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Stephen Collis

What has been your favorite or most unusual experience at a reading or a literary festival?

I was reading a poem once at Pulp Fiction Books in Vancouver, standing with my back to the front door. A crowd of people outside on the sidewalk suddenly began to talk very loudly. Without pausing in my reading, I turned, kicked the door open, and yelled at them to be quiet. Then continued with the poem, without really missing a beat. The people outside scattered. Everyone at the reading seemed to enjoy the incident as an extension of the poem—loudly—into the public sphere.

If someone loves your latest book, what would you recommend they read next?

If that latest book is The Red Album, I’d say go read anything by Borges.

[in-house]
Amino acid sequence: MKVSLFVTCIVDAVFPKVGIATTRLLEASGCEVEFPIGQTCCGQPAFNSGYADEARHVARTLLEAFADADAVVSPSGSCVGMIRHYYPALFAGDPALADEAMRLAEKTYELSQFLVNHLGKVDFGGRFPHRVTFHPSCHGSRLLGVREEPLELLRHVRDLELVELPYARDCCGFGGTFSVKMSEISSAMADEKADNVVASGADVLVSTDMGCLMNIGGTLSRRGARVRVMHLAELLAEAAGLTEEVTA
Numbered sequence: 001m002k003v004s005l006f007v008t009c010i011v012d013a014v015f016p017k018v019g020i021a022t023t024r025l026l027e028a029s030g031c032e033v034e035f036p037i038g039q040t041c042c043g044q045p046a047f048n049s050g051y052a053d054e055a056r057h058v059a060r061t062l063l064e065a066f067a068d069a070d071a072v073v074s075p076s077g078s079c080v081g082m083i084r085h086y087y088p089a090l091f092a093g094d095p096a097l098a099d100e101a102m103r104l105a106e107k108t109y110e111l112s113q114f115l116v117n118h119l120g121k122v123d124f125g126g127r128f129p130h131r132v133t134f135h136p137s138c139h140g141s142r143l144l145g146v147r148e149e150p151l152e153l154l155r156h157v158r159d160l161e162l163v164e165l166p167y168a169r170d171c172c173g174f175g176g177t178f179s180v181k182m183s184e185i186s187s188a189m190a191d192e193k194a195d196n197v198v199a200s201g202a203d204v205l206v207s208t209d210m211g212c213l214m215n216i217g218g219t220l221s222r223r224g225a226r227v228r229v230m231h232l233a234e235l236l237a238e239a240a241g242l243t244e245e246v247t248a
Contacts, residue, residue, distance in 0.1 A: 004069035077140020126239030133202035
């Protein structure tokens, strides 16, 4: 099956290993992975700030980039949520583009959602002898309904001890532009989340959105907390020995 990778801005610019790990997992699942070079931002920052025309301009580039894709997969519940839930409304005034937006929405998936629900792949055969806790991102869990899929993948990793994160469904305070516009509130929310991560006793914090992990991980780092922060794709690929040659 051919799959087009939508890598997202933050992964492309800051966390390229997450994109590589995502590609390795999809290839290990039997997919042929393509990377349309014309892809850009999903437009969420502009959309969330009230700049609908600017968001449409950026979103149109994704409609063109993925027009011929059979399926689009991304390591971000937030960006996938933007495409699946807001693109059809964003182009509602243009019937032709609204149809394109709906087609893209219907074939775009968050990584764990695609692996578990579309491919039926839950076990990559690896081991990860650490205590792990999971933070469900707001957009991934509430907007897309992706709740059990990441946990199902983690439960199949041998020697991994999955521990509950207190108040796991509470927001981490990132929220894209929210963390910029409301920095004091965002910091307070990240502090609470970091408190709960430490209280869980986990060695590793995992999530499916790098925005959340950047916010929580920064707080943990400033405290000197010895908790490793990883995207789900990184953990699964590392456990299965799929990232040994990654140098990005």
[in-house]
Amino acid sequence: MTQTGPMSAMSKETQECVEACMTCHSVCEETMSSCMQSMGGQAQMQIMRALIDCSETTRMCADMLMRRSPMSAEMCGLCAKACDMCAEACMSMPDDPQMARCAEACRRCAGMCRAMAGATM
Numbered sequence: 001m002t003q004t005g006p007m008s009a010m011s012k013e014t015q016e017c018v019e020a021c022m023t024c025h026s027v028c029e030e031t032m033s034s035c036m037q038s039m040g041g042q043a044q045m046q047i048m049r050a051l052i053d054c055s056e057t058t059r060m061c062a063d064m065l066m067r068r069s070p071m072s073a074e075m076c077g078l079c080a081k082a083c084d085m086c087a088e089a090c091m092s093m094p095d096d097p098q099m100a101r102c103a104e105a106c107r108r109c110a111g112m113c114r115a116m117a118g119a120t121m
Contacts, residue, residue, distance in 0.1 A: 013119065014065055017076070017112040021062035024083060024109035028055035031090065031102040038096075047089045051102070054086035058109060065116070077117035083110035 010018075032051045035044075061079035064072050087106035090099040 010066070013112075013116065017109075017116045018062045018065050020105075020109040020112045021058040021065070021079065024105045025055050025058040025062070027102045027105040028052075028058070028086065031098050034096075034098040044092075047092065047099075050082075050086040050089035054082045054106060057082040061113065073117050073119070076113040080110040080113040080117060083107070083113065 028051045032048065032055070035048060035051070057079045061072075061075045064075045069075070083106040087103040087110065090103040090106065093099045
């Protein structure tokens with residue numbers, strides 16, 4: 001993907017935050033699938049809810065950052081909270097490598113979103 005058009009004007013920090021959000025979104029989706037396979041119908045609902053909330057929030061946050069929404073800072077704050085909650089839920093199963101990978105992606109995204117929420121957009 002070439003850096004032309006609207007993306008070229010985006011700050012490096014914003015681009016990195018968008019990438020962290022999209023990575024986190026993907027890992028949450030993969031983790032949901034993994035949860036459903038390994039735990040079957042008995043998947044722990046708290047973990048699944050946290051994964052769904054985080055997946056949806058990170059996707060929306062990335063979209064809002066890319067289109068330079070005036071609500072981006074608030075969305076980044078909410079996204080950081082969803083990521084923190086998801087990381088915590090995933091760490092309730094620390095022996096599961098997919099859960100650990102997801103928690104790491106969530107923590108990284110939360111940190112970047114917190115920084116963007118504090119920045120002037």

What books might we be surprised to find on your bookshelf?

It’s pretty predictable—wall-to-wall poetry and philosophy—but there’s a sizeable section of new-age and self-help stuff from years ago, which I try to hide behind paintings my kids made.

What are you most looking forward to in coming to this year’s Vancouver Writers Fest?

Dirty Science sounds interesting, though it may not be what I think it is.

Michael Crummey

What has been your favorite or most unusual experience at a reading or a literary festival?

Pig's knuckles and cheese at a pub in Brno, Czech Republic. Also, read to a classroom of Grade 8 kids in Rigolet, Labrador, who protested being taken out of gym class to hear me by sticking their fingers in their ears and chanting nonsense syllables. Still not quite over that one.

If someone loves your latest book, what would you recommend they read next?

A little book called Hard Light, which came out with Brick Books in 1998. Some of the best things I've ever written are in that one. Harder to find, but still in print.

What books might we be surprised to find on your bookshelf?